Every month Jo Cox writes a column for The Press. This month’s column appeared in last week’s edition.
Sunday saw a sporting spectacle that we’ve waited months to behold. No, not the Super Bowl – the rugby league Championship got underway. Batley Bulldogs played host to Leigh Centurions and beat them in a memorable game.
Win or lose they are a huge asset to the town and this is true of many of the sports clubs across our area who do amazing work in our community. When I was at the club last week I was shown the trophy cabinet, including the most recent silverware, which was won by the girls’ team. The club has grown to more than 100 girls and has just returned from a ground-breaking trip to Australia.
Batley & Spen has a rich sporting life. Our constituency has produced Olympians, Paralympians, international rugby players, first class cricketers, premier league footballers – and a range of other successful sportsmen and women from cyclists to canoeists.
Of course, sport is about so much more than winning. When I think about all the people I know who play football or tennis or go swimming, I know it isn’t always about winning. I like to run. But it is very rare that I race anyone. For many people sport is about keeping fit and healthy, or the camaraderie of the team or the social life. For others it helps combat loneliness and isolation, or it allows them to develop and improve their skills.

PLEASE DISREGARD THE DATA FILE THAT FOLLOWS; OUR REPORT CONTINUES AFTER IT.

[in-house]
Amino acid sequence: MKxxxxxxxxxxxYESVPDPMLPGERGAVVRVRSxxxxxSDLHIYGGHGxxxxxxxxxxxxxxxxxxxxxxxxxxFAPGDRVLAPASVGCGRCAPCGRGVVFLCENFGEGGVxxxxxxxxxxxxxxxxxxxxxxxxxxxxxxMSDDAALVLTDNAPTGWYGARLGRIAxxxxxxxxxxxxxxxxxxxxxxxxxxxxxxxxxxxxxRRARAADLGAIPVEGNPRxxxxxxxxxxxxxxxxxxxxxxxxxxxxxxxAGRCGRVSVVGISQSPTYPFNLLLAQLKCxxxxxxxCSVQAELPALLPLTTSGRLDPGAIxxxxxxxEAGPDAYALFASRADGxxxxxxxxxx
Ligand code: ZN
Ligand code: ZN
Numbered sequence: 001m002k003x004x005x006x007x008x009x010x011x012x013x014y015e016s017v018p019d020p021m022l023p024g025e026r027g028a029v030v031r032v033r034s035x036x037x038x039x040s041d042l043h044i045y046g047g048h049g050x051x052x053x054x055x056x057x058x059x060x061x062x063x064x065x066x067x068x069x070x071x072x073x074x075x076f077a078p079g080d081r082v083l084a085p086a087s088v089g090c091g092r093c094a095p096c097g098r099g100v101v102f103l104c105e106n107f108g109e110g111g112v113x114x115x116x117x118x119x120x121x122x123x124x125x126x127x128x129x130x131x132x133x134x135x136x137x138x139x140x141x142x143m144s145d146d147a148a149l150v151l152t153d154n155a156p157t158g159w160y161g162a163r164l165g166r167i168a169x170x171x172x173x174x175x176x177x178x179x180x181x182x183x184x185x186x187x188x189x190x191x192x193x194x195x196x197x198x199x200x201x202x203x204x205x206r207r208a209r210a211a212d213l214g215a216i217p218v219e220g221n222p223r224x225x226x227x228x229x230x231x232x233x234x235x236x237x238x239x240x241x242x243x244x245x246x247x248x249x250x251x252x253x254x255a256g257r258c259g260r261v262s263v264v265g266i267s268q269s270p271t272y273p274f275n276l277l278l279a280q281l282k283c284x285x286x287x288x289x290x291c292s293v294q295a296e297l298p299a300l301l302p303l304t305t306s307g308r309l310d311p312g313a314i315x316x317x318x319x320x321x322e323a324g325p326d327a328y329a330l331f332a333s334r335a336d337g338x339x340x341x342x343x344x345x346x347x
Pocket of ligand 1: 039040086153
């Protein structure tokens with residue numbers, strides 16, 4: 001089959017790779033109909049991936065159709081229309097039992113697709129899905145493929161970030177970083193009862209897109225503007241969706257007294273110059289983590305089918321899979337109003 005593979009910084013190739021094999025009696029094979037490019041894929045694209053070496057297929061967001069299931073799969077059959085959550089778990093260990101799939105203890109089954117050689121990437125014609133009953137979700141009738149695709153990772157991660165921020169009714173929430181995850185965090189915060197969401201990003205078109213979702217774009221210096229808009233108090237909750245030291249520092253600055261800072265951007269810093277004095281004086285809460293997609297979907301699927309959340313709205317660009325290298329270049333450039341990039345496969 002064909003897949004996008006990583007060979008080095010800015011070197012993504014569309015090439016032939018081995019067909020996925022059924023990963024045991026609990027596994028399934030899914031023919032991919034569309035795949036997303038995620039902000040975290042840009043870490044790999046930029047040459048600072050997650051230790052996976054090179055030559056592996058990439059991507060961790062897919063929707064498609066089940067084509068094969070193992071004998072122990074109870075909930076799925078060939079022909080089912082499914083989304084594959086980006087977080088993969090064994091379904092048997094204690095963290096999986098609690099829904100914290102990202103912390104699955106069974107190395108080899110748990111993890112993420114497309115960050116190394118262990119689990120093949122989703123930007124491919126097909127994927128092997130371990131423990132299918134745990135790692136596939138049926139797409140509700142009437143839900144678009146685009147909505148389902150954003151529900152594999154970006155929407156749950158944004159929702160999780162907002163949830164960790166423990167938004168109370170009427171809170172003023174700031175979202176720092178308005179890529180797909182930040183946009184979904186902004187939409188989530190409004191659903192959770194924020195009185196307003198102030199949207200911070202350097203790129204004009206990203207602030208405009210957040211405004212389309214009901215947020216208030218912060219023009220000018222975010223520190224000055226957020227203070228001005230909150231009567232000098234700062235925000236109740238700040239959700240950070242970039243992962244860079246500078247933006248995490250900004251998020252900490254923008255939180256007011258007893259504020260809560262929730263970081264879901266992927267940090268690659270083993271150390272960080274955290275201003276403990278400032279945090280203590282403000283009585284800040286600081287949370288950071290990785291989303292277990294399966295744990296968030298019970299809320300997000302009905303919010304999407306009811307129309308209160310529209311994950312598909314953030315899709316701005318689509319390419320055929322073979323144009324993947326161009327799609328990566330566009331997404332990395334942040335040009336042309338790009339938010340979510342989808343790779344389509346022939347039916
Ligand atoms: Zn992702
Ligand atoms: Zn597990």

Sport offers role models and in some cases heroes emerge who our kids look up to and who many want to emulate. Its power is quite remarkable. It also opens doors for people. The opportunities sport presents can be unlike any others – the chance to travel the country or the world, the chance to showcase your particular sporting talents in a range of competitions and places.
Look no further than 15 year-old Jordan Catling from the Bulldogs. She was named the National Satellite Club Participant of the Year in recognition of her contribution and commitment to community sport. It helps nurture skills that can be put to good use across the rest of your life.
But whether we’re talking about winning or just about taking part, this can’t happen without the right infrastructure. We must get things right at the grassroots if it is going to thrive. Nor should we underestimate the work of volunteers who make much of it come together. I’m looking forward to visiting Cleckheaton RUFC to hear about the plans they have to grow their sport and the amount they contribute locally. I have been to cricket clubs, such as Mount and Batley, who are doing wonders at opening up their game to new groups. I’ve visited junior football clubs in Cleckheaton and Gomersal who offer scores of kids somewhere to train and play.
One of the reasons I’m so keen to help those who will be affected by the planned closure of Whitcliffe Mount Sports Centre is because such clubs and sports must continue. It’s a sad situation but the work and commitment of those who organise these clubs must not be lost.
We may not know what our future sporting landscape will look like in terms of facilities, particularly with the plans for a new Spen Valley sports village, but we know most of our clubs rely on the goodwill of volunteers.
We must celebrate our sportsmen and women and all of those volunteers behind the scenes. This means ensuring that we are getting it right at the grassroots and making sure that these doors remain open.